Danny Nikolic’s claim that the chief racing umpires are corrupt puts Racing Victoria in an impossible position if he regains his jockey licence, a tribunal has heard.
Nikolic will go to Australia’s highest court to fight a police order banning him from race meetings but RV maintains he still faces other insurmountable hurdles in his bid to be relicensed.
The situation would be unworkable after Nikolic claimed RV integrity services head Dayle Brown and chief steward Terry Bailey were corrupt, RV barrister Jeff Gleeson QC said.
“It is high farce to suggest that a person who maintains the view that the chief regulators are corrupt is a proper person to be licensed,” Gleeson told the Victorian Civil and Administrative Tribunal.
“It puts Racing Victoria in an impossible position because every decision that involves Mr Nikolic will be supercharged with perception of vendetta or going soft.
“The integrity of the sport can’t tolerate it.”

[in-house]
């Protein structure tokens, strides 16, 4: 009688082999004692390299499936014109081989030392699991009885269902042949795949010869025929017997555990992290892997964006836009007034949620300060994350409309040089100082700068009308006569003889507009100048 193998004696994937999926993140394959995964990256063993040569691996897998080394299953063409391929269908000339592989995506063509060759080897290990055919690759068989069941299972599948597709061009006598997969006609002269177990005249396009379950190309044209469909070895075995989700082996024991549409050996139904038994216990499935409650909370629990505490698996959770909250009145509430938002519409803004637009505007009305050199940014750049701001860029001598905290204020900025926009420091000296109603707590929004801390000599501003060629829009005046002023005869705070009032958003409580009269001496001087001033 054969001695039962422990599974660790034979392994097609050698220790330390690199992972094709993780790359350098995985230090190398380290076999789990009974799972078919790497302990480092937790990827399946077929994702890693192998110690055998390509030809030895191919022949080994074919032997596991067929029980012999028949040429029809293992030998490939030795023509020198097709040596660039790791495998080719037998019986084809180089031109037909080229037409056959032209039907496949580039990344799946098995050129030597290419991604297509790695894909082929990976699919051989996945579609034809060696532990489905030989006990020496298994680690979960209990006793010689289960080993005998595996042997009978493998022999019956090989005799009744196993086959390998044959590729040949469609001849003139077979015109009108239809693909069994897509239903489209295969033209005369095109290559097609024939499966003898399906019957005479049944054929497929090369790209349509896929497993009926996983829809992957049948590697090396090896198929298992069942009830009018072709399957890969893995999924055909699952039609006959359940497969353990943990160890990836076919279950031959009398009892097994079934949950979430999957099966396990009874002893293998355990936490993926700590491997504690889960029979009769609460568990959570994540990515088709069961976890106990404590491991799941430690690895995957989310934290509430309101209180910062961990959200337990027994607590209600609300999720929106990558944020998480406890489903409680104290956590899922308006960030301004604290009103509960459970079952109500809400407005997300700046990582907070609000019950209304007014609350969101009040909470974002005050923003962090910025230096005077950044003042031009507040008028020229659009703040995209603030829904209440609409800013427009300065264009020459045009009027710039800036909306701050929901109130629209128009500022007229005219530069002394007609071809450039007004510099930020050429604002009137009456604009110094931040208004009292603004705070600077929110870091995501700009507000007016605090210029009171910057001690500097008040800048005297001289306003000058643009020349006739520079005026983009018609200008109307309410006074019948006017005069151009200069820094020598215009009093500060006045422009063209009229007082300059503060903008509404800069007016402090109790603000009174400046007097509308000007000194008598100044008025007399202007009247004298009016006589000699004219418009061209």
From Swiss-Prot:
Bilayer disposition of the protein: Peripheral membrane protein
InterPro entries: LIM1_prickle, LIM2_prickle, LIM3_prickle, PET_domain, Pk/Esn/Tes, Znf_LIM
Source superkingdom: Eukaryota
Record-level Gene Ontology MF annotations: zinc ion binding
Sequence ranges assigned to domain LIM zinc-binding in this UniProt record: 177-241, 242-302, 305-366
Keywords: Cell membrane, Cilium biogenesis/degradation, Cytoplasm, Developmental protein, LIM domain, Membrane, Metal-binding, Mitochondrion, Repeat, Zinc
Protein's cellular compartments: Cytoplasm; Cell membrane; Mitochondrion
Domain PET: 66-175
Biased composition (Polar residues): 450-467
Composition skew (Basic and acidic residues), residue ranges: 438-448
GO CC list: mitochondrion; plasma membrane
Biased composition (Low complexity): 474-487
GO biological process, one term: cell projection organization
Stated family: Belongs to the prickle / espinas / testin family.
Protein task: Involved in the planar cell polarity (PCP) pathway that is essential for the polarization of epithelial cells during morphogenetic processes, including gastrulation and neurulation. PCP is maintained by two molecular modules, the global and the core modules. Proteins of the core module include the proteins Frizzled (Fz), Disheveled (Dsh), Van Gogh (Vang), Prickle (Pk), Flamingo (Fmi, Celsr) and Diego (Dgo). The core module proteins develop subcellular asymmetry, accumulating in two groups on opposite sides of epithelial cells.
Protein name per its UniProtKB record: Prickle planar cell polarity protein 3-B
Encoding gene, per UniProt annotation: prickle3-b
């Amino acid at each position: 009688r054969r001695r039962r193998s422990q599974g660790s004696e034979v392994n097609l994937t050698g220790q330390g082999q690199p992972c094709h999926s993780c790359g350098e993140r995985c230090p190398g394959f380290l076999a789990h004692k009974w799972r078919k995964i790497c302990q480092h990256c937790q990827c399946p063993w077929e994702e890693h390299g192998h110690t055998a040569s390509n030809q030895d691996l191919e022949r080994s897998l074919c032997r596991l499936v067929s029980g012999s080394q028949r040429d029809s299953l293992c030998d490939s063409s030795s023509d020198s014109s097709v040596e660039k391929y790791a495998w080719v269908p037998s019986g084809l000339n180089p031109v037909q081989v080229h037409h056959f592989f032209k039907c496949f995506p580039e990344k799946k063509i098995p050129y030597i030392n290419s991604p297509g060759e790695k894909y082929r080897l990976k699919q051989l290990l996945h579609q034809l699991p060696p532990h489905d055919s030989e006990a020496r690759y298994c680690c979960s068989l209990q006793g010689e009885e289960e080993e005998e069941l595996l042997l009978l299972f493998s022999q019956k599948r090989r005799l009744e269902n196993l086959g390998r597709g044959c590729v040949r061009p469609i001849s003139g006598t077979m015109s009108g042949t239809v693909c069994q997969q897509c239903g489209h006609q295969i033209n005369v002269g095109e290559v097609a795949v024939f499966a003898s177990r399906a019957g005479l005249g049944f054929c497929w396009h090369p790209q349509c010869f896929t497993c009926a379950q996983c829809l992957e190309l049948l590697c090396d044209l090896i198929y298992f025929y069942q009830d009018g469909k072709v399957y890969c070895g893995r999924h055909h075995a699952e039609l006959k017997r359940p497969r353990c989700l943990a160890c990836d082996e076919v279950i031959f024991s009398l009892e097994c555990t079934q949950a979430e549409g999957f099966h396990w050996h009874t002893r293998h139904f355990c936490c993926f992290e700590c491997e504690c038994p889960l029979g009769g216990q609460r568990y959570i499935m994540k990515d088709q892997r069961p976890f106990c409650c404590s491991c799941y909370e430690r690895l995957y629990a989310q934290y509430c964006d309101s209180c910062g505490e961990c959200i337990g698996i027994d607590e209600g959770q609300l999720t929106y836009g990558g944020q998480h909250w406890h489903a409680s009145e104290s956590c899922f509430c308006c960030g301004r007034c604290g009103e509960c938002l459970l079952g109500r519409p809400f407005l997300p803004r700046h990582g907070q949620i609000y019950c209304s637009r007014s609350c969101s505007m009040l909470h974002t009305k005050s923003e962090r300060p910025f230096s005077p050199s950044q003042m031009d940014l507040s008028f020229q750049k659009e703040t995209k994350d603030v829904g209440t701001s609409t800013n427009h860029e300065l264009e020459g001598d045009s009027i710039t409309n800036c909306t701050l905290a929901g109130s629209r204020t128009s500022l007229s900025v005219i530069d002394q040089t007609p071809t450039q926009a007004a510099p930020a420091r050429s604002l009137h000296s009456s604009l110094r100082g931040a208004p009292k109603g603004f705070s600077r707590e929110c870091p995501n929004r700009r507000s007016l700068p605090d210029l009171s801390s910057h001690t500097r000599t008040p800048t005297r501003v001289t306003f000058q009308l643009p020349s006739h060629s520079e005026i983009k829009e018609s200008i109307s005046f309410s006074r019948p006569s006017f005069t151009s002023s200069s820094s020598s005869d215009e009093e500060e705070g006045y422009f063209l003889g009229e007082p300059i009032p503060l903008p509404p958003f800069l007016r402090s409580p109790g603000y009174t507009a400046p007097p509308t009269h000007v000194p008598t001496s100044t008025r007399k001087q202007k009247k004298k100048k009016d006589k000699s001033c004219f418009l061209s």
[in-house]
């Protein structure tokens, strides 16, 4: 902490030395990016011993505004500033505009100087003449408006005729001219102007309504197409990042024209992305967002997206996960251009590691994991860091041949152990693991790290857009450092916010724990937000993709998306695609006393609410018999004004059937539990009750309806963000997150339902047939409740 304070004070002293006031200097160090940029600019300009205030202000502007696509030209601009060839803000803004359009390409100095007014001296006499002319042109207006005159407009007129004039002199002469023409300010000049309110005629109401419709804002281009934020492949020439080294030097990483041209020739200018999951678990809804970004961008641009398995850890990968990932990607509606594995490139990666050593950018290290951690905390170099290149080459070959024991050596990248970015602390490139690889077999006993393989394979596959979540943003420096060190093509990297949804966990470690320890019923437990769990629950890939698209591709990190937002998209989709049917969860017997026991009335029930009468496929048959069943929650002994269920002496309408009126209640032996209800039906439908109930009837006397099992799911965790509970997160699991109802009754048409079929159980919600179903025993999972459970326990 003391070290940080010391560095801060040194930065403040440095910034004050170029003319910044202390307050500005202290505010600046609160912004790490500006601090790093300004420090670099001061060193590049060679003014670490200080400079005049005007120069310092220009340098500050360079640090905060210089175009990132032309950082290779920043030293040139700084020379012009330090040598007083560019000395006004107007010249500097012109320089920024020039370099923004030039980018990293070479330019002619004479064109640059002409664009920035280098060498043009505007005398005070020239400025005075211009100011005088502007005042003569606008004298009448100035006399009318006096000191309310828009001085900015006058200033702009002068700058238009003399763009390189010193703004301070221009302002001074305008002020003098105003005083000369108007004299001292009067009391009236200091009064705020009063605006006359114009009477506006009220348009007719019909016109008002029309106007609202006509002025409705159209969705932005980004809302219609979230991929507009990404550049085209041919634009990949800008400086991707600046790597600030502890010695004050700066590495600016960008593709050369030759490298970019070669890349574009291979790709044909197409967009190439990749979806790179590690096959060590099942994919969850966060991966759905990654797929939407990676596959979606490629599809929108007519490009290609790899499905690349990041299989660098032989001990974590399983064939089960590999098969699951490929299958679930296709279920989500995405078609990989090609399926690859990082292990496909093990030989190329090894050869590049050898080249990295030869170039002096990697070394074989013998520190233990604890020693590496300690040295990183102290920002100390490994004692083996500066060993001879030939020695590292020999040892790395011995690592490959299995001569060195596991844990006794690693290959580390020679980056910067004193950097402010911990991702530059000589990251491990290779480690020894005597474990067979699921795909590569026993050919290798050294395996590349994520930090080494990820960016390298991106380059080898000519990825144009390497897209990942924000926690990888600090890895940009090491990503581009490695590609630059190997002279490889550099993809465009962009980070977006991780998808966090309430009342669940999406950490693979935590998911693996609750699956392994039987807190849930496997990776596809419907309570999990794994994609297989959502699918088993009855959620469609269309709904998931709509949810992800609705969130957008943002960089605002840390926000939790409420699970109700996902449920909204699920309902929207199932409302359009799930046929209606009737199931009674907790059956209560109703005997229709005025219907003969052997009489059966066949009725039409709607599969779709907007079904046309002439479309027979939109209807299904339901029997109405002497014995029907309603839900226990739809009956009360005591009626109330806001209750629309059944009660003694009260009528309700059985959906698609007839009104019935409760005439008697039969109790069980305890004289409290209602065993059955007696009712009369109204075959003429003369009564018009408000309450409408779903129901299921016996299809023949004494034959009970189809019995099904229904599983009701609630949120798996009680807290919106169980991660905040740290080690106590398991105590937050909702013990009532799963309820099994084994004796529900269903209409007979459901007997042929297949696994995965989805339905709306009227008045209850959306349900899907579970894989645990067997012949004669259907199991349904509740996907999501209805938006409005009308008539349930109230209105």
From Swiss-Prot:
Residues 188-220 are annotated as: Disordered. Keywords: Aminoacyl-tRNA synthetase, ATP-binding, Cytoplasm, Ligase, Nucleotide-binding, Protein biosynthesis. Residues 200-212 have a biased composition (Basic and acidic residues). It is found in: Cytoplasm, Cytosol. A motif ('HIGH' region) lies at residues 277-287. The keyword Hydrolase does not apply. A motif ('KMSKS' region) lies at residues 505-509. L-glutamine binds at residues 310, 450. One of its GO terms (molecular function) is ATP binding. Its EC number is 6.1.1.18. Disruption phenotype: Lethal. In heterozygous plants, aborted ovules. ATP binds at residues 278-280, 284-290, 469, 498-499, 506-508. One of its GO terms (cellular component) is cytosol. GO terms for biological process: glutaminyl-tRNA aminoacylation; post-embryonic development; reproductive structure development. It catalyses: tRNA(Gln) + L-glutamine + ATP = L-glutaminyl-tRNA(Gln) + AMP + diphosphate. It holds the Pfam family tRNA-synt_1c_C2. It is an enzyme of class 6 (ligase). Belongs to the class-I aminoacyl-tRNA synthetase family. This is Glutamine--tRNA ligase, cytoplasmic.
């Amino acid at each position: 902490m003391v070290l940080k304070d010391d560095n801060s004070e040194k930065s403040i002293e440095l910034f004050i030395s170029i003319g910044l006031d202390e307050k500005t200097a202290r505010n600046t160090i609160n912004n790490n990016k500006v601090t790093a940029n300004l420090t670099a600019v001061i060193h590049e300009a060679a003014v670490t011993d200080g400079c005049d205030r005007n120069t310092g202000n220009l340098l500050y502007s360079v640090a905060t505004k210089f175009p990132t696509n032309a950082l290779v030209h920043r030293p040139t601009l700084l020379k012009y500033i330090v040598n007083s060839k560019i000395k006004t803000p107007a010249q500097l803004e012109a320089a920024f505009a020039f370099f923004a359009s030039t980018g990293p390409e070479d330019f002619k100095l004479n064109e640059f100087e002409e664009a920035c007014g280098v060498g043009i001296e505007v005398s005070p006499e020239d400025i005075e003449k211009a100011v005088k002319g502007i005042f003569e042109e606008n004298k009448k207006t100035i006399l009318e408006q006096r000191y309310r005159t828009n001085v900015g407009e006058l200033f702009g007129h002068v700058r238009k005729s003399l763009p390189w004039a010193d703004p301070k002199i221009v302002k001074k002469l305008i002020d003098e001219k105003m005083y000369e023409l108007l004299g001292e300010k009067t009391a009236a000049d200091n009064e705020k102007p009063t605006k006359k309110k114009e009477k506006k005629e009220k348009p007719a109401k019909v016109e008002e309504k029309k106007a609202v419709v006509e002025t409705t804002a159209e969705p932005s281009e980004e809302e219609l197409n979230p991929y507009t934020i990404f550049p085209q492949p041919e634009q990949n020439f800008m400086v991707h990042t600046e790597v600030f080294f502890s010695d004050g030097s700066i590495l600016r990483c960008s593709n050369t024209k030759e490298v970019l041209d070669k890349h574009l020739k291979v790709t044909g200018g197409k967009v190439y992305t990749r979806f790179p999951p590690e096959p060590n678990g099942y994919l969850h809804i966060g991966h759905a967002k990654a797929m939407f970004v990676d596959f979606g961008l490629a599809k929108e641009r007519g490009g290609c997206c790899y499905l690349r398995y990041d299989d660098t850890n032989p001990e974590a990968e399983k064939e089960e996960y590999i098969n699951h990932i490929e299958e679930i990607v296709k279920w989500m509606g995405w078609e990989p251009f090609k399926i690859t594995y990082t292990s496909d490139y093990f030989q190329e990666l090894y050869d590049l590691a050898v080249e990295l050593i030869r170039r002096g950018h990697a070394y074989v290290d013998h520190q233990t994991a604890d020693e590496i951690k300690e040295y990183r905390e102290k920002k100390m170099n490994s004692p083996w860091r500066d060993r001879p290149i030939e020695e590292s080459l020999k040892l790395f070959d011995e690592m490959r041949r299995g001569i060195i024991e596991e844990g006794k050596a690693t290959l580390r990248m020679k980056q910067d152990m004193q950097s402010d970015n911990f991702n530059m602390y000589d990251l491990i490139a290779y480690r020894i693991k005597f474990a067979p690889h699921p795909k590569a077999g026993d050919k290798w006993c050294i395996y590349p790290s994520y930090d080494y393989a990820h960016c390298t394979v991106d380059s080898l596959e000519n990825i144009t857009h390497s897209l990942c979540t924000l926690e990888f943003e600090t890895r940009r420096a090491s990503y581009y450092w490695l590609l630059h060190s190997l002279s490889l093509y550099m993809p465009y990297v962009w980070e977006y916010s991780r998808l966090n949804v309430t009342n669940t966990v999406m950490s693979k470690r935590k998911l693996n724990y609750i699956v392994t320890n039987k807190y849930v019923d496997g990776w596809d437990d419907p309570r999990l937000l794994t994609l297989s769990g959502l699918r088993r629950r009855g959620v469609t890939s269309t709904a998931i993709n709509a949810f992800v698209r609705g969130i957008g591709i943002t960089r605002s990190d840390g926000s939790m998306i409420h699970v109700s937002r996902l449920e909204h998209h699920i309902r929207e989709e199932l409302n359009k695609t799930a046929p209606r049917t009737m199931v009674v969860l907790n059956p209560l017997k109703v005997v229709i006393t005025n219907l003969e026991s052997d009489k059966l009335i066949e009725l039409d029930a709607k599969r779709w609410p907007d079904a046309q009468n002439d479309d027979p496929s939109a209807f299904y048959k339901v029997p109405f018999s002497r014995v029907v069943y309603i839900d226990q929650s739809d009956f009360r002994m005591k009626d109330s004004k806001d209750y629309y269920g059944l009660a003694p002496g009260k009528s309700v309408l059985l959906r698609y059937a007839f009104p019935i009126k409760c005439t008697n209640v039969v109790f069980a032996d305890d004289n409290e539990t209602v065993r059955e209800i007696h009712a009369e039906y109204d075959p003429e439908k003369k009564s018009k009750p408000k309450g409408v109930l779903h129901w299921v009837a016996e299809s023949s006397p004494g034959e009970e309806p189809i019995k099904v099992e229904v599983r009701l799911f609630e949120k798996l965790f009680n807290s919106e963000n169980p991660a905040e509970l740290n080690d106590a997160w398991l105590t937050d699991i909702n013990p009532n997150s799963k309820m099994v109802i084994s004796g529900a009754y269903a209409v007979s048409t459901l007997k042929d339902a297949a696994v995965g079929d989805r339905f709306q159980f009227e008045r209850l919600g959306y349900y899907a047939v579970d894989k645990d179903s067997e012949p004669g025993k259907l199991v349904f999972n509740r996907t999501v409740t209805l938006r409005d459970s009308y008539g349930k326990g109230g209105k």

Gleeson said Nikolic had not withdrawn a threat against Bailey’s family.
“One can scarcely think of a more serious behaviour that would preclude a person from being licensed,” he said on Wednesday.
“We’re not operating in some alternative universe here where the passage of a few years cleanses a threat not withdrawn against your family.”
Gleeson said Nikolic had lied in repeatedly denying making the threat.
“He hates Terry Bailey. He thinks he is corrupt.”
Nikolic was outed for two years for threatening Bailey at a September 2012 race meeting before copping a further one-year suspension for offensive conduct towards another steward.
He is separately fighting a police order excluding him from specified racecourses during race meetings.
The Court of Appeal on Friday upheld the Victorian police chief commissioner’s challenge to a decision that overturned the exclusion order.
Nikolic is now seeking special leave to appeal in the High Court.
Gleeson said Nikolic cannot be licensed as a jockey if he is excluded from attending racecourses on race days.
A barrister for Nikolic has previously said he could still ride trackwork and might be able to ride interstate if he regains his jockey licence, even with the police exclusion order in place.